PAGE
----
Theatre Review: The Sin Eaters

Pigeon House, Poolbeg (Dublin Theatre Festival)

4 stars

Amy McElhatton in The Sin Eaters. Picture: Patrick Redmond

First, dispense with the word ‘play’. For the eight audience members at each performance of The Sin Eaters at the Pigeon House, by Poolbeg generating station, this really is an experience that’s far, far away from any conventional set-up of actors on stage and public watching them from their seats.

Instead, you’re ushered from room to room as the all-female cast immerse you in various scenarios from the less savoury chapters of Ireland’s recent history. Words like ‘Granard’ and ‘Tuam’ are uttered; surreal scenes of institutional incarceration are acted out with minimal dialogue.

The most intense moments come when the audience members are subtly split up. I end up in a darkened room, sitting across a table from one of the cast, with a lightbulb hanging over us.

She presses the button on an old reel-to-reel tape machine and stares at me as her mouth moves in time to the male voice emanating from the machine. He’s a garda asking questions at one of the interrogations during the Kerry Babies case. It’s a deeply uncomfortable experience... but obviously that’s the whole point.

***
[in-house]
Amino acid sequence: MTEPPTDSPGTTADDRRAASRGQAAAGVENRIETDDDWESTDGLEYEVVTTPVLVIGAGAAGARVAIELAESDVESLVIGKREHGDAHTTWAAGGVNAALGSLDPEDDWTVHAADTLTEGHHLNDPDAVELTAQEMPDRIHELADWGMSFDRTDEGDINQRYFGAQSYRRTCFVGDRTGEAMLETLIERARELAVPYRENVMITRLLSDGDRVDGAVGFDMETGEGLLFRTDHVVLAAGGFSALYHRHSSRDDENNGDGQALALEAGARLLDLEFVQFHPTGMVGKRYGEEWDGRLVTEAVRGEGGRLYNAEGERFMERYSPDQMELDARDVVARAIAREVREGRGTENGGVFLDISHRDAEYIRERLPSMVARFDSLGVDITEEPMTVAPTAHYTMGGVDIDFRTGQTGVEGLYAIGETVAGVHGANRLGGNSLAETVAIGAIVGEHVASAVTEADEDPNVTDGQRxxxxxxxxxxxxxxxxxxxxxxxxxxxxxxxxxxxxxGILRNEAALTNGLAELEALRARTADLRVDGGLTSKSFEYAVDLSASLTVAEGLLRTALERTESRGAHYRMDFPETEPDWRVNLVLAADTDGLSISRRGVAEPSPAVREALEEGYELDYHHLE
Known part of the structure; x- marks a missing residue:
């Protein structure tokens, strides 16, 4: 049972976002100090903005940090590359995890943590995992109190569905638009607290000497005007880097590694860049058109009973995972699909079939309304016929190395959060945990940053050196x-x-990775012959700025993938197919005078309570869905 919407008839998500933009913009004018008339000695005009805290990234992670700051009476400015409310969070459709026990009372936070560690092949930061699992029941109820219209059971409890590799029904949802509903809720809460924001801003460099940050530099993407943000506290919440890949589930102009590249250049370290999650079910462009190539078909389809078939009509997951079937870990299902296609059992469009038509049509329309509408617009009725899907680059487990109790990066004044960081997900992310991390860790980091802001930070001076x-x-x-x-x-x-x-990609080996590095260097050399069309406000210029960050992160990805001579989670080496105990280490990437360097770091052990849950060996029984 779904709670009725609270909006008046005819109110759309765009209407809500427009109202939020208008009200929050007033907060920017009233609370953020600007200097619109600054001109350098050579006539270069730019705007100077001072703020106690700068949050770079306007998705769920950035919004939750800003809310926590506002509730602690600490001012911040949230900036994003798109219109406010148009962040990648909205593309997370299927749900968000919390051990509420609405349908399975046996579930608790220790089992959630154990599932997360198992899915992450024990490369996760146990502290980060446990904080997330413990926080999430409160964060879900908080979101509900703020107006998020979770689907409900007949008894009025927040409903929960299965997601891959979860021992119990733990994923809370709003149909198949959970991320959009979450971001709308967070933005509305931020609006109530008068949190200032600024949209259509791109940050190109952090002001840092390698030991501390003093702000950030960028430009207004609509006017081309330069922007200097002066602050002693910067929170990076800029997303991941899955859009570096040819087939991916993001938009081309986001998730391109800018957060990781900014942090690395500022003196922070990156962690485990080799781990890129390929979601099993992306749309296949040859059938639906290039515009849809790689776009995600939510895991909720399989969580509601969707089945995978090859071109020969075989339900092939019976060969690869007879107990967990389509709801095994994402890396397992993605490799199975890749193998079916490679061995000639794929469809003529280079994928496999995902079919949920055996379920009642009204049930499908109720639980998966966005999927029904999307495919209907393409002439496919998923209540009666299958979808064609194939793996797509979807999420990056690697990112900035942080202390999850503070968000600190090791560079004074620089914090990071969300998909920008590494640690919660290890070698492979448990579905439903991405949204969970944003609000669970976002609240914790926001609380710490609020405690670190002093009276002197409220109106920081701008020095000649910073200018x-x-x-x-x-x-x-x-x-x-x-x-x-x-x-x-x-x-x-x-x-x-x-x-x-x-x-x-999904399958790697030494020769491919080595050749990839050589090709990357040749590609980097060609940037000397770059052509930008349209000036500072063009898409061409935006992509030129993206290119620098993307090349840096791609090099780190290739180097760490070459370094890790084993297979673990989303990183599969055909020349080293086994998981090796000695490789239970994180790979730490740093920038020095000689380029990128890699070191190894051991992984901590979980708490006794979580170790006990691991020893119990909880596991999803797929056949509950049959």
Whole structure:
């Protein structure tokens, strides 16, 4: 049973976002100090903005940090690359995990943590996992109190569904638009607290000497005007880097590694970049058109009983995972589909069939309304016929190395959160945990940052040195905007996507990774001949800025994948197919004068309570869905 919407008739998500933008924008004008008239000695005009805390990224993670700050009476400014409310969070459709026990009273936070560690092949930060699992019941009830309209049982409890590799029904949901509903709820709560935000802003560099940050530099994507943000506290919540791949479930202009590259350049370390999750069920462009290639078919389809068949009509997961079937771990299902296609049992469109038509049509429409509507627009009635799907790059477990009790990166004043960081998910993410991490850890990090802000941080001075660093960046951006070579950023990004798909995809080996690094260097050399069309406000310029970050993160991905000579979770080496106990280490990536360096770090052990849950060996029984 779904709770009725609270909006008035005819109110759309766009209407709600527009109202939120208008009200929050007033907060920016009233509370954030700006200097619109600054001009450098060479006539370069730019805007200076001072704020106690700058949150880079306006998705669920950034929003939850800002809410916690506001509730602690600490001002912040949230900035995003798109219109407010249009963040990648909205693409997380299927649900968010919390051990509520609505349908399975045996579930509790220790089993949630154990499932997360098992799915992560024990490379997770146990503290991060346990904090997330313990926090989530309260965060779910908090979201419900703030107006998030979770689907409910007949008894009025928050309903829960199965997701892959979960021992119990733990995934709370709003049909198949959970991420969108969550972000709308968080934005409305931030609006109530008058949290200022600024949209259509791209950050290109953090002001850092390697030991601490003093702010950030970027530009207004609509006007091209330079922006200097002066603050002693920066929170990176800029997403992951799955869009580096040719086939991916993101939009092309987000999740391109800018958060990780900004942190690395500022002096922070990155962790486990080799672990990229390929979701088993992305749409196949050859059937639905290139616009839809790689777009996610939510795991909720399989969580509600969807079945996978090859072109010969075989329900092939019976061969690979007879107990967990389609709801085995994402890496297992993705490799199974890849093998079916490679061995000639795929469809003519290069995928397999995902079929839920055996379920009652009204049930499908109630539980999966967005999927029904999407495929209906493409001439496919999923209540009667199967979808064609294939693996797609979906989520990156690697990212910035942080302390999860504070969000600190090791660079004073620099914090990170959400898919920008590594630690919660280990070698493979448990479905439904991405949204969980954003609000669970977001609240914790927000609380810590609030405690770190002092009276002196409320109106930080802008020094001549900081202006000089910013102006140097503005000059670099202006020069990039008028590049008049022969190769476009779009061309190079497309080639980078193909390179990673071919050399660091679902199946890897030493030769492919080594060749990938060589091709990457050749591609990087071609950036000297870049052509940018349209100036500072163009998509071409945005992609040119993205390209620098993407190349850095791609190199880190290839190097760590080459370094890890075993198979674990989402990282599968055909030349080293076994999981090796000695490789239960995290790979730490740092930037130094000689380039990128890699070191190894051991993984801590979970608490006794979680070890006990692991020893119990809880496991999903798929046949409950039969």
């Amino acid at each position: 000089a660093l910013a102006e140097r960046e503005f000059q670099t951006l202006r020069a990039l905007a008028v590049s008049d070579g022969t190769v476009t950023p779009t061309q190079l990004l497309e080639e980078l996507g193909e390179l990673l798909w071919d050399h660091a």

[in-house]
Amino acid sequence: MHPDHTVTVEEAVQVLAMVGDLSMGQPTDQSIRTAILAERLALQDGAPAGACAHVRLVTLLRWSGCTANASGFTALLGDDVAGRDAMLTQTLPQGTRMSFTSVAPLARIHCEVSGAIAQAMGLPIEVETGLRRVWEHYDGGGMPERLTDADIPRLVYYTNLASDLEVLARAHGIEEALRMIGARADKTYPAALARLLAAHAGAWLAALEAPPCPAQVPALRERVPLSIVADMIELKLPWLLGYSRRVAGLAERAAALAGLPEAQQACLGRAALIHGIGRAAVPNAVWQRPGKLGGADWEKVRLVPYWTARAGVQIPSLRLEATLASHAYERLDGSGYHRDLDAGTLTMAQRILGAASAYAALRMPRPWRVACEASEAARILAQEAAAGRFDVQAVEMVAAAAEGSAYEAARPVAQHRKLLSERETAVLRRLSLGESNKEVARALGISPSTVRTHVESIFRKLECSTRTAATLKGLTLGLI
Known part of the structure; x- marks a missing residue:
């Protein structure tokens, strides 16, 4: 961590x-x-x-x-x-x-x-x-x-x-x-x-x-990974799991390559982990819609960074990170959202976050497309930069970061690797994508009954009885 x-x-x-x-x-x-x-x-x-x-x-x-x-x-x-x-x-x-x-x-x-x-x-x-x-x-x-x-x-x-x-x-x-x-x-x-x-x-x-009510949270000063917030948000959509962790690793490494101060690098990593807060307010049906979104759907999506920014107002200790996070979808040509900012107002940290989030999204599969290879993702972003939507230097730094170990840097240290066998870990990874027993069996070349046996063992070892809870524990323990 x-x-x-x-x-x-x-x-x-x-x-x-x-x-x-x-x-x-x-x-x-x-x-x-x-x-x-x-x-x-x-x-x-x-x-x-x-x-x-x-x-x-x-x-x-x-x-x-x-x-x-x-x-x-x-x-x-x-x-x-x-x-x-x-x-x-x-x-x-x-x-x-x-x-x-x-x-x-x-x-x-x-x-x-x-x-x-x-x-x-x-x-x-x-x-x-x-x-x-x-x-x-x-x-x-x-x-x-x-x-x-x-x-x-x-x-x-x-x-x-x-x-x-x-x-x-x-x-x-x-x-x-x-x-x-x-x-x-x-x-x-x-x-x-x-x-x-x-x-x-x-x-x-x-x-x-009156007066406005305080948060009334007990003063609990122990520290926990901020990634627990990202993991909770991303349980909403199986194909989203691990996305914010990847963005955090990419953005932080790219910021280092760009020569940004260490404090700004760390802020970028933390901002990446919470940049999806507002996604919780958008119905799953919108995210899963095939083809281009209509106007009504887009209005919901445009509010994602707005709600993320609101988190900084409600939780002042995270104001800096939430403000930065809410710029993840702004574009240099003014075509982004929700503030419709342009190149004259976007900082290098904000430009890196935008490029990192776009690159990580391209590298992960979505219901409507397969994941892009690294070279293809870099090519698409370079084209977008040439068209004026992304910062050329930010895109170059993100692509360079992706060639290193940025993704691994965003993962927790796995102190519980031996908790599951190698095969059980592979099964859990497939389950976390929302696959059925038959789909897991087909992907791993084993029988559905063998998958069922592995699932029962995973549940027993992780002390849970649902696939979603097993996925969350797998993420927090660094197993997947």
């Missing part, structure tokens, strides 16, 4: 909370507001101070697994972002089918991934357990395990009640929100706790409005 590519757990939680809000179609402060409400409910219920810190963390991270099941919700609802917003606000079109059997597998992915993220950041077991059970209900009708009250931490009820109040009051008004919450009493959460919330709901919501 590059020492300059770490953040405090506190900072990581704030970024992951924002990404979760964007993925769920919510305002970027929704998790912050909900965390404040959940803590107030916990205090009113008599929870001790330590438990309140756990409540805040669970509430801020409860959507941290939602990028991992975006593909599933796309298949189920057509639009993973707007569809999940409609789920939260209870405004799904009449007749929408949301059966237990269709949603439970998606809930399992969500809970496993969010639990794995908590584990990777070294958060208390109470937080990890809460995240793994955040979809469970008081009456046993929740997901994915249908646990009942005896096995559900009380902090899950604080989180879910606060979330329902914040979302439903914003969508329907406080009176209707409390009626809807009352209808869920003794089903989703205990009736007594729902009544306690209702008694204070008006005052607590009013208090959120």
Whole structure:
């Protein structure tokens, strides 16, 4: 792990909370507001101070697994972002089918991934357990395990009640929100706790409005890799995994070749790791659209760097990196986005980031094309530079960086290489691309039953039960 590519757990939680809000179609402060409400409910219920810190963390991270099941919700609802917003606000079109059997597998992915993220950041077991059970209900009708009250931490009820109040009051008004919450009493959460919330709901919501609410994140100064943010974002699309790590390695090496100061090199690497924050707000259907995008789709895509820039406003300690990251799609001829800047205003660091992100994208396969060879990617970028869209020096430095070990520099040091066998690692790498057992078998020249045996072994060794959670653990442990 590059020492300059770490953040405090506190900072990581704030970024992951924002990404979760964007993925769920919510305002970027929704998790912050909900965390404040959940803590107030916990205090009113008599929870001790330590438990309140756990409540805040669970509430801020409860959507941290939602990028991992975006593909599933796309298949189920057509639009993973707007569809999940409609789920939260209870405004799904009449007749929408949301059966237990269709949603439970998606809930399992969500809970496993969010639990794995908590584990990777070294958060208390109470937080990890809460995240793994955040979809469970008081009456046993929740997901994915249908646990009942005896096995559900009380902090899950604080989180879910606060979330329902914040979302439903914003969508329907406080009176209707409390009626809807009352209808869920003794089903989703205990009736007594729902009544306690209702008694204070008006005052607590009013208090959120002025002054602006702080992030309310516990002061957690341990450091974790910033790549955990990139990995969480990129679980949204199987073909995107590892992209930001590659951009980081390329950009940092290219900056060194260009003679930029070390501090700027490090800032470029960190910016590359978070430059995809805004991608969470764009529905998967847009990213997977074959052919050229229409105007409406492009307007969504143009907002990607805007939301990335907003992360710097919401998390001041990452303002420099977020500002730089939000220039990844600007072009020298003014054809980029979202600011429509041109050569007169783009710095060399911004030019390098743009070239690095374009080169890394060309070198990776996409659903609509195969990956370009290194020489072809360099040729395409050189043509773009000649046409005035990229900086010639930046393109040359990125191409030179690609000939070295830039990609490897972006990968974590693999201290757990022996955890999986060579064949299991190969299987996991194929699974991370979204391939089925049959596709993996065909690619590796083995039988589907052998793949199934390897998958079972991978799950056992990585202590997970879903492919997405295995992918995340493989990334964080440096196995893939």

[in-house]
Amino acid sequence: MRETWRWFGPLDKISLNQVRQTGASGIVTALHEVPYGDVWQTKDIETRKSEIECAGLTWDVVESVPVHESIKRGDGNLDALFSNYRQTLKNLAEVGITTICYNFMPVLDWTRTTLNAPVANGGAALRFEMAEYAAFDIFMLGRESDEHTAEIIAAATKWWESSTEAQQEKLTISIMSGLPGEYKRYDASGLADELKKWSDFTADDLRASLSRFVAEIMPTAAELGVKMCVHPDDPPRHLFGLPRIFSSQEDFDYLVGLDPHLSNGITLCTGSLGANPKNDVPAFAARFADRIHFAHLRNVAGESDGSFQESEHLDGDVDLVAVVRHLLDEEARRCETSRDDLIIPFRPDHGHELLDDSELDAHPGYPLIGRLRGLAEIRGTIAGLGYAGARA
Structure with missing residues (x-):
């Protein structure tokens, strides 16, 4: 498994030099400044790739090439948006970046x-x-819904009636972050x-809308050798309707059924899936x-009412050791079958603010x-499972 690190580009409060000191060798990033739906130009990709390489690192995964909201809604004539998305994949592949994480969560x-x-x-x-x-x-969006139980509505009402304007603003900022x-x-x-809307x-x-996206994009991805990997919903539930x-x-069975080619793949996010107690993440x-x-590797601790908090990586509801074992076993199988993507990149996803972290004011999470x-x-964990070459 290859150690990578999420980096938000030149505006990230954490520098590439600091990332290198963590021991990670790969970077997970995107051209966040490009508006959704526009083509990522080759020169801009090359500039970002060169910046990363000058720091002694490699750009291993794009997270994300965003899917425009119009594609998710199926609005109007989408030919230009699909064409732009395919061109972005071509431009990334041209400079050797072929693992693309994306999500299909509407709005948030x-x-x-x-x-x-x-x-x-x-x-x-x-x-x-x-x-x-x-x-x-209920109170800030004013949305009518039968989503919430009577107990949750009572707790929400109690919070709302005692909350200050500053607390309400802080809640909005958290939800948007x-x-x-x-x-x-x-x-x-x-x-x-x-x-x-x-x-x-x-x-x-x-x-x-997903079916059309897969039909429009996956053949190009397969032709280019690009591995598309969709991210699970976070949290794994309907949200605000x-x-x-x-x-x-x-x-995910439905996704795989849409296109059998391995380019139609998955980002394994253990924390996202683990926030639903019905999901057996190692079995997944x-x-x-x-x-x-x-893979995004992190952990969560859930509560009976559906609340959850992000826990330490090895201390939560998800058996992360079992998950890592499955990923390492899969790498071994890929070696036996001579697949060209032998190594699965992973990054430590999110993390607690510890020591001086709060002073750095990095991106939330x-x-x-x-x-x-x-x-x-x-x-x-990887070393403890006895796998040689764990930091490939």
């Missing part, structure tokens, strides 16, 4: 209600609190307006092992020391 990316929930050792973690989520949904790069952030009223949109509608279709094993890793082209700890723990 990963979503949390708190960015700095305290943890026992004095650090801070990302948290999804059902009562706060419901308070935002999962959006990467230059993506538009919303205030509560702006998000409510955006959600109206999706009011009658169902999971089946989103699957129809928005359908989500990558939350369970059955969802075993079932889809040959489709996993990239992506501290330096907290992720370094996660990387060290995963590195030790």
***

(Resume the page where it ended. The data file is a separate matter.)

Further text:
In other hands, such techniques might feel gimmicky or crass.

However, Dublin-based Anu are the masters of such productions and have a history of dealing with difficult subjects through brilliantly original drama.

Research for The Sin Eaters was undertaken at the National Archives and, given some of the forensic digging that may be done at sites such as Bessborough and Tuam, you’re unlikely to encounter a more powerful image than the rows of earth-filled archive boxes bearing the file names of many institutions.

The title comes from the ‘sin eaters’ of various cultures who would ritualistically ingest a piece of food representing the sins of a person who is about to die, thus allowing them go to the next world cleansed of their past.

Here, it links to elements of a trial-like inquiry which resolves that the Catholic Church and Irish state, as well as other parts of society, can no longer be let off the hook.

At times, the snippets of dialogue will leave you wondering about their context, and few people will get all of the topical references. Rather than just getting you thinking, however, The Sin Eaters also works at a more visceral level. And it is all the more powerful for that.

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